CAIRO: Hit by a series of unfortunate events – from a record-high inflation rate to Moody’s negative rating – it seems that the auction of state-owned Banque Du Caire was doomed to fail.
“A couple of days before the auction, Moody’s rating agency lowered its outlook on a number of Egyptian banks from stable to negative. Such a downgrade by an international agency had its negative impact on the auction, said Passant Fahmy, banking expert and senior consultant at Egyptian-Saudi Tamweel Bank.
“Add to this the high inflation rate that peaked to more than 20 percent, which adversely affects investment in Egypt. Furthermore, forecasts on economic growth rates were not as positive as expected. All these circumstances weighed on the bids submitted by foreign banks which did not meet the government’s reserve price, she added.
In what could have been Egypt s largest privatization process since the sale of Bank of Alexandria in 2006, five regional and international banking players lined up on June 24 to bid for a 67 percent stake in Banque Du Caire.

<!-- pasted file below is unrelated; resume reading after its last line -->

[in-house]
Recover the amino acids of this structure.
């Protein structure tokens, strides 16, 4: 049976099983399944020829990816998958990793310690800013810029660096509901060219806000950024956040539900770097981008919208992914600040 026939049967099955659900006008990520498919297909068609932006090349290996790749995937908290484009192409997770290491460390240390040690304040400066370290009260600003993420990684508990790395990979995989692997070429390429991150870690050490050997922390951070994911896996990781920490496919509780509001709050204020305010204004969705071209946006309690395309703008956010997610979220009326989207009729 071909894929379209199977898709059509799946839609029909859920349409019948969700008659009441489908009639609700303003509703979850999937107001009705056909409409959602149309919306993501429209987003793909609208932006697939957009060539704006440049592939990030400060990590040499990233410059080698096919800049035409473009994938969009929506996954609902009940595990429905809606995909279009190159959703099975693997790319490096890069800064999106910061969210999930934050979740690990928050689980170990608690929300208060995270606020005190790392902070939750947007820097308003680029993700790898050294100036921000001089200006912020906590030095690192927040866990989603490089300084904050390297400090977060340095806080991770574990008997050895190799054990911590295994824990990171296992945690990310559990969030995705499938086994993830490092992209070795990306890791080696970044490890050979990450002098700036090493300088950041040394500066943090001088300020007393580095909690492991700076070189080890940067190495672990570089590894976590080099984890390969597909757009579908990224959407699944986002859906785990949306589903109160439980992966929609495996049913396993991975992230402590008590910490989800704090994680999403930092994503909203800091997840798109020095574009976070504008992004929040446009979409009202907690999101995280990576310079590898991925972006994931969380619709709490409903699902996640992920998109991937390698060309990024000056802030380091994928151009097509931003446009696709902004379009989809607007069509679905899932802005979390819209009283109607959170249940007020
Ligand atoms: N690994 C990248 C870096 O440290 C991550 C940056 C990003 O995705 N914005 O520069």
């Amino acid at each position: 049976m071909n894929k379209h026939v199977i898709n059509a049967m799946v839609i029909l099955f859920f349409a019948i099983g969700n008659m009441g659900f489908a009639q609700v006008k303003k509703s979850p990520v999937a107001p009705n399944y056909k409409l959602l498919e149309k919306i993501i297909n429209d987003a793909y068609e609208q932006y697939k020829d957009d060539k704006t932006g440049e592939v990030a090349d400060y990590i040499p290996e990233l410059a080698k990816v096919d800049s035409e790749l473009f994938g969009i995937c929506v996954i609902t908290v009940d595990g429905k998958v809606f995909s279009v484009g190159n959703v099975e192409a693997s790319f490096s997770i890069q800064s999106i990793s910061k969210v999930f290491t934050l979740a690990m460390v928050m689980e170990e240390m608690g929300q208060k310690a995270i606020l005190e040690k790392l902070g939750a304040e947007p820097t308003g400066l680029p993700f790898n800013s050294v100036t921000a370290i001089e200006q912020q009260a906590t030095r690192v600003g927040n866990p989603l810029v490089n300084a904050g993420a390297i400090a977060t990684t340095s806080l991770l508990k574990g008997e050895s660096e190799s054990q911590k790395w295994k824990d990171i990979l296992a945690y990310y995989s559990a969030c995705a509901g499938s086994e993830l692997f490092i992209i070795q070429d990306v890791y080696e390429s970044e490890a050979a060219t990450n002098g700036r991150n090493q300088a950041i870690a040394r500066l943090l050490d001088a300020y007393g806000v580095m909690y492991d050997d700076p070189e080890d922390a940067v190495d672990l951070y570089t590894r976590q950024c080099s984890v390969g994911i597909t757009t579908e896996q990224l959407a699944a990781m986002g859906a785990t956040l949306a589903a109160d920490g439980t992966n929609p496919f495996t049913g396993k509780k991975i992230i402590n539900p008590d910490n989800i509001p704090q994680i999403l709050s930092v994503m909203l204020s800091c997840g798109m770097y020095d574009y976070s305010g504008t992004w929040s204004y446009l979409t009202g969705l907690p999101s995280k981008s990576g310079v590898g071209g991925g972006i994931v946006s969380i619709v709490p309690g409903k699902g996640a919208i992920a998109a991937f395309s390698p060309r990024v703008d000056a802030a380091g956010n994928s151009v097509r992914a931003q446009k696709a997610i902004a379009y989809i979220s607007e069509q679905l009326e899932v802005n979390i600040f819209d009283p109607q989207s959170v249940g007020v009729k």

The five banks cleared to bid were the National Bank of Greece, UK-based Standard Chartered Bank, Saudi Arabia s Samba Financial Group, Dubai s Mashreqbank (UAE), and a consortium formed by Jordan s Arab Bank and the Saudi Watany Arab Bank.
Before the official bidding began, Standard Chartered and Samba Financial Group were disqualified from the race, leaving three bidders remaining.
During the first round of the auction, National Bank of Greece (NBG) reportedly made the highest bid at $1.9 billion for the entire bank (equivalent to $1.3 billion for the 67 percent stake). Mashreqbank came in second at $1.3 billion, followed by Saudi Arabia s Arab National Bank and its Jordanian affiliate Arab Bank Group consortium at $1.2 billion for the entire bank.
The second round of the auction saw both Mashreqbank and the Saudi-led consortium pull out of the bidding after submitting their maximum bids, leaving only NBG, which later submitted the top bid at $2.025 billion for the entire bank, or $1.4 billion for the 67 percent stake of the bank.
“The only bidder remaining offered a low price, which was a polite way of exiting the auction, Fahmy stated. “The government did not realize that its expected price was higher than it should be.